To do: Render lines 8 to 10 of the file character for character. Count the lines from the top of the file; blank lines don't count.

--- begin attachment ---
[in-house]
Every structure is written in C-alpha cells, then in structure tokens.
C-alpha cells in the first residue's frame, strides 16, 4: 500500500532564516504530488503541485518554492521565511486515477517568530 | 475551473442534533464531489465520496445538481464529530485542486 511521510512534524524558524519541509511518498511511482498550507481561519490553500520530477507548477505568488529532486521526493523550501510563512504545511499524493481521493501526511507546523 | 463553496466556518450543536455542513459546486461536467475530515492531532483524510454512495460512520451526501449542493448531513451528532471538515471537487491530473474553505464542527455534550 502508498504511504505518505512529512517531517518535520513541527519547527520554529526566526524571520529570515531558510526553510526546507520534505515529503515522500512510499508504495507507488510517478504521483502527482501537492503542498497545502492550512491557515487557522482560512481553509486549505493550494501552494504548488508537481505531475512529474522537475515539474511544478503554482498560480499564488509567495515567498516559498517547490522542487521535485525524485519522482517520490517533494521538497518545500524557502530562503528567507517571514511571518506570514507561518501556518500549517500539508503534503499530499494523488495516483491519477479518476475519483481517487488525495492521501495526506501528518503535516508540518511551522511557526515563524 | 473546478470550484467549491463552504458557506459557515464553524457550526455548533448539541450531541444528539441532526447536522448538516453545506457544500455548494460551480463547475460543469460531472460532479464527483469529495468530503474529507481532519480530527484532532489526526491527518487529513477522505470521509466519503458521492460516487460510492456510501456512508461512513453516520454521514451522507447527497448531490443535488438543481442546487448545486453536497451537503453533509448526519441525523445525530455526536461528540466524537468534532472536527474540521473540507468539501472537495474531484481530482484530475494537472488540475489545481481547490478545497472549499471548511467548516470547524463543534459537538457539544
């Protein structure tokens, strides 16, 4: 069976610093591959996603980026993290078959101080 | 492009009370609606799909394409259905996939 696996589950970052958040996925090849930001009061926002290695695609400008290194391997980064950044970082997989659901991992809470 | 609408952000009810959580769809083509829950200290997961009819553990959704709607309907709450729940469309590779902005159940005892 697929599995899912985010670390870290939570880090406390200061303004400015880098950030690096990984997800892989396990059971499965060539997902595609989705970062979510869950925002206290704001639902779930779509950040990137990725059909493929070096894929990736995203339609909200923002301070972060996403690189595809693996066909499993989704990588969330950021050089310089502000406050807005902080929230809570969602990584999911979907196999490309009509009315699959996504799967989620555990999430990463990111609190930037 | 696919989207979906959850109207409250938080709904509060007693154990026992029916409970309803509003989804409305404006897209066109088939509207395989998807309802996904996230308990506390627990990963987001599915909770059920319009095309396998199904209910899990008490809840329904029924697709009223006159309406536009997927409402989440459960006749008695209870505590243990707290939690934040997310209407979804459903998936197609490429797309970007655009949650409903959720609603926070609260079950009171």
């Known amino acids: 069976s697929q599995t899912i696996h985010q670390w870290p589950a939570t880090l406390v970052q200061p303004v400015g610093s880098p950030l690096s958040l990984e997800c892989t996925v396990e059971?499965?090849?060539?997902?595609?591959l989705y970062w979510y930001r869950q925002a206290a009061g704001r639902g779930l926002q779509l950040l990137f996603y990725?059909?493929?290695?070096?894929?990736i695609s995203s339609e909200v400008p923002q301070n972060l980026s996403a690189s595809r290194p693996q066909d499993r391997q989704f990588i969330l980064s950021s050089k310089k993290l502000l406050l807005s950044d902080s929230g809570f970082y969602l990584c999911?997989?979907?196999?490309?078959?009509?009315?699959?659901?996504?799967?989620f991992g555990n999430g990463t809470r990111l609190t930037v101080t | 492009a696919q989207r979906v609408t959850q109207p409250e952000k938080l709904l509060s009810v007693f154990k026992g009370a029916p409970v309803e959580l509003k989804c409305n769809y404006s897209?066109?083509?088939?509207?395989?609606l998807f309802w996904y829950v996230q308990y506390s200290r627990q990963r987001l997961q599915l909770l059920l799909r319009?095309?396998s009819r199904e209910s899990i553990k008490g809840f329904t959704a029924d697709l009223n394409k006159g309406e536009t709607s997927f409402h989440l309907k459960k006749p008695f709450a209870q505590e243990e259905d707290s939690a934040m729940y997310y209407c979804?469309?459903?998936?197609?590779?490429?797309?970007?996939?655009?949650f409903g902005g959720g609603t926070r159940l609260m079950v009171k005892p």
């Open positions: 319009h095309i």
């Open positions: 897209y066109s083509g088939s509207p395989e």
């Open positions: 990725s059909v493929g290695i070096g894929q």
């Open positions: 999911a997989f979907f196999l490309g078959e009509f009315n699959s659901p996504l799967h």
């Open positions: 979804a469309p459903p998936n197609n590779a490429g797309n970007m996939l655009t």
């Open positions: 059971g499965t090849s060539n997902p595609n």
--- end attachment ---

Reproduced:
């Open positions: 990725s059909v493929g290695i070096g894929q």
């Open positions: 999911a997989f979907f196999l490309g078959e009509f009315n699959s659901p996504l799967h």
């Open positions: 979804a469309p459903p998936n197609n590779a490429g797309n970007m996939l655009t």